Wednesday 14th October, 2020
Attorney General Dappula de Livera has got tough with the police. He summoned the CID Director and DIG in charge of the CID and censured them, on Monday. His consternation is understandable. The CID released former Minister Rishad Bathiudeen’s brother, Riyaj, arrested and detained for his alleged links to the Easter Sunday bombers. It has to consult the AG before releasing terror suspects, but it did not care to do so in this instance. One can only hope that the AG will not buckle under political pressure. He, however, is lucky that he cannot be transferred to Kankesanthurai.
The AG is right in having taken the CID officers to task and calling for an explanation, but it is doubtful whether he will be able to get at the truth, which will prove extremely embarrassing to the government grandees wooing Opposition MPs of easy virtue to ensure that they will have a two-thirds majority to steamroller their 20th Amendment through Parliament. The police are sure to stonewall the AG’s questions, unable to reveal who ordered them to do what they did.
The police would not have released the brother of an Opposition politician, without the AG’s permission unless they had been ordered to do so by someone above the AG. The CID bigwigs find themselves in the same predicament as their State Intelligence Service counterparts who have had to defend their former political masters whose lapses enabled the NTJ terrorists to carry out the Easter Sunday attacks with ease.
AG de Livera, who grilled a bunch of racketeers before the Presidential Commission of Inquiry which probed the bond scams, and elicited as much information as possible, may recall the plight of former Central Bank Governor Arjuna Mahendran. Everybody knew Mahendran had followed orders from on high in carrying out the bond scams, but he could not reveal who had asked him to do so. He chose to prevaricate, take the blame and flee the country. Those who released Bathiudeen’s brother, however, are not so unlucky; their political bosses are ensconced in power. If they take the blame for setting Riyaj free, they will be rewarded. One may recall that, in 2011, following a brutal police crackdown, which left a Free Trade Zone worker dead, the then IGP Mahinda Balasuriya opted for premature retirement, taking full responsibility for the incident and, thereby, helping deflect the blame from his political bosses; he was appointed Sri Lanka’s Ambassador to Brazil. Former IGP Pujith Jayasundera has said that after the Easter Sunday carnage, the then President Maithripala Sirisena wanted him to be the fall guy in return for a diplomatic post among other things, but he turned down the offer.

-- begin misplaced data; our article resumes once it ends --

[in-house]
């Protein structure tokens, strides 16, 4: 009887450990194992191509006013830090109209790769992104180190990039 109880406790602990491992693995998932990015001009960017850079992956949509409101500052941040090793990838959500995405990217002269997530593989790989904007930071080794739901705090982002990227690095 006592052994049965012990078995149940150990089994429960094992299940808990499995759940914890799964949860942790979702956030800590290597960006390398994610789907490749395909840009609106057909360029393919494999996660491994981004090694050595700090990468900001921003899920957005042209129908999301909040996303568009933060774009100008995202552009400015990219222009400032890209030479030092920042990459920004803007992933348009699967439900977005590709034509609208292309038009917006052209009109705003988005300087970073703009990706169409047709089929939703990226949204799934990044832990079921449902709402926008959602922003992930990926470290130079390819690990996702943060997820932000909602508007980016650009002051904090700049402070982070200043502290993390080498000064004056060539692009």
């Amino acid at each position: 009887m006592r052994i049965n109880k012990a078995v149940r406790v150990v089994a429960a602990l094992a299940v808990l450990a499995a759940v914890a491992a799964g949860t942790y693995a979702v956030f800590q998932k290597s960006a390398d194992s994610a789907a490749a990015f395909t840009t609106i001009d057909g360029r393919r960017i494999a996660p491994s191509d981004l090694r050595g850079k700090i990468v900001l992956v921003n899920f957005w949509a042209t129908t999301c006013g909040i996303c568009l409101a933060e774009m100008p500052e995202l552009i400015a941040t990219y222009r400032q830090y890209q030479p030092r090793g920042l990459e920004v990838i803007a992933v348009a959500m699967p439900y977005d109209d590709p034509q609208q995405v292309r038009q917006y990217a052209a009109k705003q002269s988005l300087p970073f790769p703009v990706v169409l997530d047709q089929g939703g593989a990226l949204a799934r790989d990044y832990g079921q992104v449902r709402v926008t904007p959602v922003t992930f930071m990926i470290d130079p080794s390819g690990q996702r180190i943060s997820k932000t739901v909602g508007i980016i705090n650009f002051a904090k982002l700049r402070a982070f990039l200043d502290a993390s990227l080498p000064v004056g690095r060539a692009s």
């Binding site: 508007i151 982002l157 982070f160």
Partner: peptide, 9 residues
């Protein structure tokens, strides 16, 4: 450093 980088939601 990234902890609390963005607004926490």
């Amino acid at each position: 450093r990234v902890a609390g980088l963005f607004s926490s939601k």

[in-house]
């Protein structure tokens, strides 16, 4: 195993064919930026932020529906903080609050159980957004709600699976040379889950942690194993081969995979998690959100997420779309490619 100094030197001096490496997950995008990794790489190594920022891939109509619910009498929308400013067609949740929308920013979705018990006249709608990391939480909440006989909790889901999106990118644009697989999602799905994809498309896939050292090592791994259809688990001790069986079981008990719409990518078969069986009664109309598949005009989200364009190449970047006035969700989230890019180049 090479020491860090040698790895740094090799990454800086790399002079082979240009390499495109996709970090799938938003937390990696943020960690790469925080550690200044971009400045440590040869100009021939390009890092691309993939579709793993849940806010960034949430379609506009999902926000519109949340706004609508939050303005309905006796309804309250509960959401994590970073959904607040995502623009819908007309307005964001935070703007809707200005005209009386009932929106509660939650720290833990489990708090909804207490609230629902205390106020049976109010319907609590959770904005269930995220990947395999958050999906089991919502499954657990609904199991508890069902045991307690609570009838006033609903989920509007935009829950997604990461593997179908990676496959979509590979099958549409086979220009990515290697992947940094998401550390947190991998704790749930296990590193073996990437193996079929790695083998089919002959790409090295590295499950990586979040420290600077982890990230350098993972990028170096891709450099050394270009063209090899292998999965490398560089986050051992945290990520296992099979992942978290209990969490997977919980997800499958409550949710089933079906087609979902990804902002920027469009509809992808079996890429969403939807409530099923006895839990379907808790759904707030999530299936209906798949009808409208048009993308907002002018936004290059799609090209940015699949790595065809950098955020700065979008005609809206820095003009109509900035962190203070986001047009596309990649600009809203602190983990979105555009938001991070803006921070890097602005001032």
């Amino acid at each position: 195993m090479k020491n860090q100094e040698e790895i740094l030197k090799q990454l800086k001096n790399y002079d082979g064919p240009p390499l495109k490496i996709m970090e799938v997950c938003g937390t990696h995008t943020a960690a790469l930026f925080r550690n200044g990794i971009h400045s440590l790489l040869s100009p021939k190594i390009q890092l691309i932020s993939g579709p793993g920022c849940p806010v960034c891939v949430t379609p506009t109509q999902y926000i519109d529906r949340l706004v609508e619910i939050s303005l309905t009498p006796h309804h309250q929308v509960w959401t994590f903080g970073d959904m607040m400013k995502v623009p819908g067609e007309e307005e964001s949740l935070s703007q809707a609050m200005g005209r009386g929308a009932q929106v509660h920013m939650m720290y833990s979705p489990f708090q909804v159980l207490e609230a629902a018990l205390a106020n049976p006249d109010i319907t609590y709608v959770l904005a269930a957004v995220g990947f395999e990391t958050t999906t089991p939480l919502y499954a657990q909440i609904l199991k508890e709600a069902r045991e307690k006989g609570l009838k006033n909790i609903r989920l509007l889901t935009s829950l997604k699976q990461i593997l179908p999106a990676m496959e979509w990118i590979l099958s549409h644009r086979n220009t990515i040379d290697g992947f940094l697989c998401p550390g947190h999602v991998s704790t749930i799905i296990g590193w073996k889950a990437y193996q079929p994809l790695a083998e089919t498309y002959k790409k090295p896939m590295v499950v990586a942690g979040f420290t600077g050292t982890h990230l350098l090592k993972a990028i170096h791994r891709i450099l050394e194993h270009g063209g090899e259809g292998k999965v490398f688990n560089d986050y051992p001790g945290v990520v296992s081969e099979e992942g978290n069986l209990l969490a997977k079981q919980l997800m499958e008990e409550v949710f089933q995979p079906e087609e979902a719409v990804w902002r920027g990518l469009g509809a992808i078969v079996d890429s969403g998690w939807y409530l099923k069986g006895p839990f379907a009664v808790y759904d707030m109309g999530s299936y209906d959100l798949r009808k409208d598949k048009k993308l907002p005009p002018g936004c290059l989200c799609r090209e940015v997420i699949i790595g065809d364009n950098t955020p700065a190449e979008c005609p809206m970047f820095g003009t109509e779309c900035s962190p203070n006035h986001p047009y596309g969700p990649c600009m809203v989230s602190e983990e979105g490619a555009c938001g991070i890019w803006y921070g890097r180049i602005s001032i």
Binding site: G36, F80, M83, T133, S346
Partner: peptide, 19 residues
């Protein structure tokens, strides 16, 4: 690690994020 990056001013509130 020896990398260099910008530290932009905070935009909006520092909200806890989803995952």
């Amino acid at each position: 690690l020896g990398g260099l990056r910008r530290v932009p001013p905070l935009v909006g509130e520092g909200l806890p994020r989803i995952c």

Government MPs have received praise for being critical of the release of Bathiudeen’s brother and writing a letter to President Gotabaya Rajapaksa, calling for a probe. In defending their government, the SLPP MPs have adopted the same ruse as pickpockets in trouble. When the members of the nimble-fingered fraternity happen to make a botch of things, run the gauntlet and face the prospect of being hauled up by the police, their confederates come, beat them harder than others do and take them away, vowing to hand them over to the police. The government MPs are trying to hijack the protests against the release of Bathiudeen’s brother and direct public anger at the police. (No sooner had the SLPP MPs, numbering 100, sent their letter to the President and the Prime Minister than it was released to the media!) They have had Police Spokesman SSP Jaliya Senaratne stripped of the post of Police Spokesman and transferred to Kankesanthurai. Whether they will be able to pull the wool over the eyes of the public with such ruses remains to be seen.
Of that presidential monkey wrench
Thursday 7th July, 2022
The Opposition has, after weeks of dillydallying, agreed to form an all-party caretaker government. The JVP remains noncommittal but it will have to make common cause with other Opposition parties if it is not to be branded a spoiler. The SLPP, however, has not taken kindly to the Opposition’s move; it is seeking to have one of its MPs appointed Prime Minister.